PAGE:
A probe into $12 million earned last year by Brazilian Cabinet Chief Antonio Palocci for consulting work while he managed President Dilma Roussef’s election campaign was shelved on lack of evidence, the nation’s chief prosecutor said.
Opposition lawmakers asked Prosecutor Roberto Gurgel to investigate Rousseff’s top aide after Folha de S. Paulo newspaper reported he made 20 million reais ($12 million) last year providing advice to companies -- half of it after Rousseff was elected and Palocci was managing her transition team. In 2006, when Palocci was elected to Congress, he reported assets worth 375,000 reais.
The prosecutor’s office, in a ruling sent by e-mail yesterday, said any inconsistency in Palocci’s wealth and declared income is not in itself a crime though could constitute an administrative “impropriety.”
Yields on Brazilian interest-rate futures contracts rose on concern Palocci, a former finance minister, may leave the government, weakening Rousseff’s plan to curb inflation. The yield on the contract due in January 2012 rose three basis points to 12.37 percent yesterday.
“He’s a very important piece in the economic team, so if he leaves, it would be a big loss for the government,” Mauricio Junqueira, who helps manage $300 million at Squanto Investimentos, said in a telephone interview from Sao Paulo yesterday.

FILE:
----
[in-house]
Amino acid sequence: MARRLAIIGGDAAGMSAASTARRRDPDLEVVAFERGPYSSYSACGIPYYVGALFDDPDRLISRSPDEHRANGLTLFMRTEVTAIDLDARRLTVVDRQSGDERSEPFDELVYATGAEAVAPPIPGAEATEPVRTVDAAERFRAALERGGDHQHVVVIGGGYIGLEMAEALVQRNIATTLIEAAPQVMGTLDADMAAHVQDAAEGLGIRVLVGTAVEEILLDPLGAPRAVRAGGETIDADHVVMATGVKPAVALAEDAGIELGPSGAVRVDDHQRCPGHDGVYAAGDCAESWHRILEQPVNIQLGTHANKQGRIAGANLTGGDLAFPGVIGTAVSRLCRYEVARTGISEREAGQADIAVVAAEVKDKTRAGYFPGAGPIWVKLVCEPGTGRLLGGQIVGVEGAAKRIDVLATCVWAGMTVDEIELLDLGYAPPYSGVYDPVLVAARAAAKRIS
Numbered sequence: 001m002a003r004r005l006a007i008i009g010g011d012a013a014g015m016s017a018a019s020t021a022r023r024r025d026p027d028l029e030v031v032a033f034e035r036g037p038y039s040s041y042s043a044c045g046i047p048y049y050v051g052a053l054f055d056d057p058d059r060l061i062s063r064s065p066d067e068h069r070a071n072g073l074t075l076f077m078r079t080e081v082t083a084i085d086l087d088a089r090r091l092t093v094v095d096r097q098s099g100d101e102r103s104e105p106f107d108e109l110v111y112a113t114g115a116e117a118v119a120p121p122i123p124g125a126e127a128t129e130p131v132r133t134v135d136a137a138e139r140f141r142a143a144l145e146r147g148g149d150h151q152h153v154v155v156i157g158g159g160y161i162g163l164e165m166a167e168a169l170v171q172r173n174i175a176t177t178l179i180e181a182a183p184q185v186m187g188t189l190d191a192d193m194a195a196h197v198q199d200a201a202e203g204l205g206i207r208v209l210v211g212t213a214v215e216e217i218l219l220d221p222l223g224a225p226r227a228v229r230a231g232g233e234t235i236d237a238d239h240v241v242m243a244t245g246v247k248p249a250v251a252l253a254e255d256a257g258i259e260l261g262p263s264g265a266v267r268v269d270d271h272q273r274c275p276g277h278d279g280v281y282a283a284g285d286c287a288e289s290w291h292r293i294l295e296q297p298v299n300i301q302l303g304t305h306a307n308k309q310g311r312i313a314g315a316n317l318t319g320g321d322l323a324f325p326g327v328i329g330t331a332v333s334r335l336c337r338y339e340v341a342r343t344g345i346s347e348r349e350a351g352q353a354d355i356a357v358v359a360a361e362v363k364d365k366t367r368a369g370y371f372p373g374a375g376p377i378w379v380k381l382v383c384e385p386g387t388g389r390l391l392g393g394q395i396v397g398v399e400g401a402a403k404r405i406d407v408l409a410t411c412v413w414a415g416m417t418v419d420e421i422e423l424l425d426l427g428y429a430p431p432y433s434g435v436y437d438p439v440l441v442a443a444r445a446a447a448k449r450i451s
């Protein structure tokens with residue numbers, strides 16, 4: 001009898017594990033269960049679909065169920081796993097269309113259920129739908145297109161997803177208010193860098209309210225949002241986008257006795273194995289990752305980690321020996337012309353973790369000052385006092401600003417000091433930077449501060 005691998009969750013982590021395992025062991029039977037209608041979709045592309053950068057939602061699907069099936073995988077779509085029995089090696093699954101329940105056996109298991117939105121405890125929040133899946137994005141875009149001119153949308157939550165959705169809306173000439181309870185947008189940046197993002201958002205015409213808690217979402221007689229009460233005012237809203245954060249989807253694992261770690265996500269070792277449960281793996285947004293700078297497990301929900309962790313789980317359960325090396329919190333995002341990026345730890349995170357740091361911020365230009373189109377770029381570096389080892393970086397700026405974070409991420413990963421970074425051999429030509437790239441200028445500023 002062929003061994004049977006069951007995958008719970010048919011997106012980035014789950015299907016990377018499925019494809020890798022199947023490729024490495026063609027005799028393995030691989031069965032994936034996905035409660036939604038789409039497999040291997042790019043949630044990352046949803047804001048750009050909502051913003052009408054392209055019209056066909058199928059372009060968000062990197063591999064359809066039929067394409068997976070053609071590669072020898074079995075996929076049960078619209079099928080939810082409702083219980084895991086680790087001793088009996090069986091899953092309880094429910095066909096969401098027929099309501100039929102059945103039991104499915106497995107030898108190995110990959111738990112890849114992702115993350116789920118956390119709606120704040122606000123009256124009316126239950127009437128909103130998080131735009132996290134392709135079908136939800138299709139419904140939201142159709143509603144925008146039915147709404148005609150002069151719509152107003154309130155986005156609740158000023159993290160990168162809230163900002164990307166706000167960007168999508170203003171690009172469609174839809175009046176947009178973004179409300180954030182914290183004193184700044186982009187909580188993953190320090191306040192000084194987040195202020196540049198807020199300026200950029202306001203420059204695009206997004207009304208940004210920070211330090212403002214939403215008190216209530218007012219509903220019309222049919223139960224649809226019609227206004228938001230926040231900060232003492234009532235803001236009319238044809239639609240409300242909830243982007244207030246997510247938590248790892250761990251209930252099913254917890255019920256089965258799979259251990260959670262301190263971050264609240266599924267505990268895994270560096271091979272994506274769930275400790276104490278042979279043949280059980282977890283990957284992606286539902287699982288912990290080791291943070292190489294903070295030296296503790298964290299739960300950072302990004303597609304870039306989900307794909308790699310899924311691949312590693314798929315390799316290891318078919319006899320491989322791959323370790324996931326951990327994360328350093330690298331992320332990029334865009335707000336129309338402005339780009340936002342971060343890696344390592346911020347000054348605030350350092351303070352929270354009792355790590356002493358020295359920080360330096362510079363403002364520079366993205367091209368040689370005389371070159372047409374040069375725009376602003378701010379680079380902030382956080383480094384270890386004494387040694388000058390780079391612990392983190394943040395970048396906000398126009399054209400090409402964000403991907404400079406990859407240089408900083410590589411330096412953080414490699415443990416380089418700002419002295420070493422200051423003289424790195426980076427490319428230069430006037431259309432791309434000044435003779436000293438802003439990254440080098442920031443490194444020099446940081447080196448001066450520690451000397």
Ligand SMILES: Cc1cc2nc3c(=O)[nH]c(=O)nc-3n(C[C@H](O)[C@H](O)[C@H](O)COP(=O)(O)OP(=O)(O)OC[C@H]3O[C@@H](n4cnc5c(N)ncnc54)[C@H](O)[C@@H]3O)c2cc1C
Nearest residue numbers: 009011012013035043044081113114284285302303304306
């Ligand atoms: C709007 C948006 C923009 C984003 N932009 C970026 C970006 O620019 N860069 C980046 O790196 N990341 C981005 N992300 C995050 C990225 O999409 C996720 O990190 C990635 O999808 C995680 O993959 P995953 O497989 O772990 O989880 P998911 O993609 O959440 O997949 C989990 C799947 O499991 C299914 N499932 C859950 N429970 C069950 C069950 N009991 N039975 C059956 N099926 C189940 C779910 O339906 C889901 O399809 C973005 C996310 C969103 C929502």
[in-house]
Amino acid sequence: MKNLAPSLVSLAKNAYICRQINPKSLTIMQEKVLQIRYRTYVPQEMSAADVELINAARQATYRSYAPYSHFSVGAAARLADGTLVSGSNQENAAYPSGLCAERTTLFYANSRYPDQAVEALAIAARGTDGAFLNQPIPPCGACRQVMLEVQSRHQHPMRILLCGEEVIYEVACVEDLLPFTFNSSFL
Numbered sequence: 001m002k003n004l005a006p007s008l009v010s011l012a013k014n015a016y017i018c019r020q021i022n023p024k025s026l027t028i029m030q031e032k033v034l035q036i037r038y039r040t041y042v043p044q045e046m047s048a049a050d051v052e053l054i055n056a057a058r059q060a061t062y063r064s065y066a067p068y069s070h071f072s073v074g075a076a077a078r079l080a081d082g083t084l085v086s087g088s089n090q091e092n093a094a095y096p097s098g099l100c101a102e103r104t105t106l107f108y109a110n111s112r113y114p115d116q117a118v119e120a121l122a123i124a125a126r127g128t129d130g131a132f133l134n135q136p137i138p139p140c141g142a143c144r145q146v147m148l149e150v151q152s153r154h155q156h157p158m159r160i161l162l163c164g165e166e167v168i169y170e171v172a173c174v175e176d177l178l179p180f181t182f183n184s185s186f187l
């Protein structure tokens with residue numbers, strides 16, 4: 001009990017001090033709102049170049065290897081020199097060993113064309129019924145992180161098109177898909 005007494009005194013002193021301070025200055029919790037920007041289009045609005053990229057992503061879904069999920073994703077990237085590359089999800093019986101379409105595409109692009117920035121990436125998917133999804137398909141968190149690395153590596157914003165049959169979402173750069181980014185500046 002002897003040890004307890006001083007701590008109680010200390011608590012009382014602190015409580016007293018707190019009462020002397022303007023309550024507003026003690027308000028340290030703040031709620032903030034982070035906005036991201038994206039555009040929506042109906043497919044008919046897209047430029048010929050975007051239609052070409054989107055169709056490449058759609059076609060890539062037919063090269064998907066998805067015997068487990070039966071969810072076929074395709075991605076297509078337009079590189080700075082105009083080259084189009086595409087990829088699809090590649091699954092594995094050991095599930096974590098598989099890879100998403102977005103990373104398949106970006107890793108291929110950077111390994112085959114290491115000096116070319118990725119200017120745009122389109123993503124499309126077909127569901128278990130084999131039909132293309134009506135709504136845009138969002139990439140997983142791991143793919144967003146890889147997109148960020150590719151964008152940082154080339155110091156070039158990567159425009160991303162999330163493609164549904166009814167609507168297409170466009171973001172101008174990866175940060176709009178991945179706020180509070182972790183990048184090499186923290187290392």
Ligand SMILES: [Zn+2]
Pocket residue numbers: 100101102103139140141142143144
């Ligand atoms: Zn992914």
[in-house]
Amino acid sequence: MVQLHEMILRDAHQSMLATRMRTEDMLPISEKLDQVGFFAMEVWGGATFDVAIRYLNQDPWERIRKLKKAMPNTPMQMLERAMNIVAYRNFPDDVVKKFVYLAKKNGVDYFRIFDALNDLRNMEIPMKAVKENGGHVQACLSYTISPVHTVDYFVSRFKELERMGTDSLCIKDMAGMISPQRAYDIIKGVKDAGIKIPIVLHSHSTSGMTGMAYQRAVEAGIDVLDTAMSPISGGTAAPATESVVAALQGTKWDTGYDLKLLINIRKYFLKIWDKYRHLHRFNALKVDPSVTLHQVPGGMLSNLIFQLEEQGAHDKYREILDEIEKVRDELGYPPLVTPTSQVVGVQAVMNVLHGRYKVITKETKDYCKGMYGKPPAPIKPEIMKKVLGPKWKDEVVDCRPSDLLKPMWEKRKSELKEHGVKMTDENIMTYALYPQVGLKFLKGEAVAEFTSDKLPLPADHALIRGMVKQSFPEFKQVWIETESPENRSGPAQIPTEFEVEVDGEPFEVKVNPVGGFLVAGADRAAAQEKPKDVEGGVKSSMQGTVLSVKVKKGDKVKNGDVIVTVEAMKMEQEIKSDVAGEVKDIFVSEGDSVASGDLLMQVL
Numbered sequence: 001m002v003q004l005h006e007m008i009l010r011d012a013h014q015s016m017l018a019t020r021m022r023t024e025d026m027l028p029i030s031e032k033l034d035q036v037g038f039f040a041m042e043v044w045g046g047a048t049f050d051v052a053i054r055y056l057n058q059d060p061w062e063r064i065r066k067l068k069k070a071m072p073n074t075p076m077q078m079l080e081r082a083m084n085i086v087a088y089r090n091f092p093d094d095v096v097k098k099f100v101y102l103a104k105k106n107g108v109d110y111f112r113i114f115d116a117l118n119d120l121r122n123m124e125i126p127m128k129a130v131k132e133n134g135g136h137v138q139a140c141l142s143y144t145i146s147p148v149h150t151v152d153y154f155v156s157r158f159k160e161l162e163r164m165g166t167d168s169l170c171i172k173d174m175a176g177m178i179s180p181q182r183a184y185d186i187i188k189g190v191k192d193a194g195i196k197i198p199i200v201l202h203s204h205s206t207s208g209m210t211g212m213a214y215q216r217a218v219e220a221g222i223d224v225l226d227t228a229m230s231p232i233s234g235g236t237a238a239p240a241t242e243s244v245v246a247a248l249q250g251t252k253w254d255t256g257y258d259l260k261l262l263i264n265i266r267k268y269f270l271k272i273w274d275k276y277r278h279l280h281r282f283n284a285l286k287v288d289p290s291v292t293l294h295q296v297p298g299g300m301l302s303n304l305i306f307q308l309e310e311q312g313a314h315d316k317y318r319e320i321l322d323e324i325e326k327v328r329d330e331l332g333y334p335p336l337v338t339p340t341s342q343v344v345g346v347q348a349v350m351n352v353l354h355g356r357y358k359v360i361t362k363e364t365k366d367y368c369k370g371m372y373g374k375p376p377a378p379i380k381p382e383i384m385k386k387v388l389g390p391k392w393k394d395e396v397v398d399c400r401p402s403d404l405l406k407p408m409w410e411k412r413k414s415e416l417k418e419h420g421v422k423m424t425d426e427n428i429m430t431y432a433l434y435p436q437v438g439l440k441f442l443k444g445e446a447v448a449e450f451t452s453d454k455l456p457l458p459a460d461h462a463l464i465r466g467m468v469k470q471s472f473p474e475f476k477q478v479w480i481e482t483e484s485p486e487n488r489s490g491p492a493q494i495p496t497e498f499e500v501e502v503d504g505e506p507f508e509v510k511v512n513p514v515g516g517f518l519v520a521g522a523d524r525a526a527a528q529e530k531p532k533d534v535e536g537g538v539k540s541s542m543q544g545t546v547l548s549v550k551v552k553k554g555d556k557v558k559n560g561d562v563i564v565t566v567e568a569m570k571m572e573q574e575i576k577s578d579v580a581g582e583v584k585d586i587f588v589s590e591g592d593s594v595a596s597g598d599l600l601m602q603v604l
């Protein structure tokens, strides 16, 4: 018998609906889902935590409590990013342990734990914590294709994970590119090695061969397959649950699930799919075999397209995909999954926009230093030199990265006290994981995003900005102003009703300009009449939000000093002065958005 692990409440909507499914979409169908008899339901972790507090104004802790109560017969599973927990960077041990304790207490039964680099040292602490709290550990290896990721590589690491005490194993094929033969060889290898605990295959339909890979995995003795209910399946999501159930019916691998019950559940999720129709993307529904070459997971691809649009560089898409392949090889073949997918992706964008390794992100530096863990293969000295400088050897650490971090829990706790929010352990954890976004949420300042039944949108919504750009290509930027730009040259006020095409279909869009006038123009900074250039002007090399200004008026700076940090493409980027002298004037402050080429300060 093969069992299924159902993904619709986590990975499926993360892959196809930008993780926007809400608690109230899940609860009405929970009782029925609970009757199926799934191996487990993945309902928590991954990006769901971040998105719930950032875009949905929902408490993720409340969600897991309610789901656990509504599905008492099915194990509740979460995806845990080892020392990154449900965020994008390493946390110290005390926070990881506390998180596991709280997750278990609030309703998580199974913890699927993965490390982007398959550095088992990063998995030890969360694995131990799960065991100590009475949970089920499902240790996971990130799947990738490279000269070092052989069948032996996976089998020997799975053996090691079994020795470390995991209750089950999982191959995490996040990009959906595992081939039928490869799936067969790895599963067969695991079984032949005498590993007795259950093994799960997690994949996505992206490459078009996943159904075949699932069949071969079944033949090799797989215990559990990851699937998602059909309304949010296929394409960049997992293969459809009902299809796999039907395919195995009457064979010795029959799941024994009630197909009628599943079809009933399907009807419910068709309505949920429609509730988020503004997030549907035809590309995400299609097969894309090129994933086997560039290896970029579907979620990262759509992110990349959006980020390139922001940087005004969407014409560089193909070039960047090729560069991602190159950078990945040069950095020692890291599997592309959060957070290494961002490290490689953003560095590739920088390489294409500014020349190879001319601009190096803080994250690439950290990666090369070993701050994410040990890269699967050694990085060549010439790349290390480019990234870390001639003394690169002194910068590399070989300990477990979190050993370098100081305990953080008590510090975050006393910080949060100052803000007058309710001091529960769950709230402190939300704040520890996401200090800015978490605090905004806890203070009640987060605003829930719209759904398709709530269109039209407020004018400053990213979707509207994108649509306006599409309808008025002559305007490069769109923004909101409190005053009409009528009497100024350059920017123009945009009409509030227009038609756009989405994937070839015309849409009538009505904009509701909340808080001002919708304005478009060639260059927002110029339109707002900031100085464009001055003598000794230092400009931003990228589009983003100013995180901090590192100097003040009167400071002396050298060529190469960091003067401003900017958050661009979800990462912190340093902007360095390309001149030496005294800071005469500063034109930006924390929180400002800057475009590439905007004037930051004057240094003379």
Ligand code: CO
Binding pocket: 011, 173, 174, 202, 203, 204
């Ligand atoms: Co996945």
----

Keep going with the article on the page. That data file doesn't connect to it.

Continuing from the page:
Yesterday’s ruling strengthens Palocci’s position in the government and may prompt lawmakers to end a campaign to start a separate congressional probe, said a government official who could not be named because the official is not authorized to speak publicly on the matter. A separate civil probe by prosecutors in the federal district of Brasilia is still going forward.
Palocci, in an e-mailed statement sent after the ruling was issued, said he felt vindicated by the federal prosecutor’s decision.
“I hope this decision restores reason, balance and justice to what is a clash of politics,” Palocci said.
Palocci has been under scrutiny for a surge in his personal wealth after the Folha de S. Paulo report on May 15 that he paid 6.6 million reais for a Sao Paulo apartment last year. On May 20, Folha reported he earned 20 million reais from his consulting business.
‘Not a Cent’
In a June 3 interview on TV Globo, he said “not a single cent” of his earnings last year was related to work on Rousseff’s campaign. All of his income had been reported to tax authorities and his consulting work ended when he was named cabinet chief, he said. Palocci said he cannot name the 20 to 25 banks, investment funds and other companies he provided consulting services to because the contracts are confidential.
Palocci, who served as President Luiz Inacio Lula da Silva’s finance minister from 2003 to 2006, has battled accusations of corruption.
He resigned as finance minister in March 2006 after lawmakers accused him of illegally obtaining and leaking the private banking records of a witness in a bribery investigation that targeted senior officials of Lula’s Workers’ Party.
The witness, a caretaker, placed Palocci at a Brasilia residence where politicians and lobbyists allegedly negotiated bribes and partied with prostitutes.
Palocci denied any wrongdoing. The Supreme Court cleared him of breaking bank secrecy laws in 2009.
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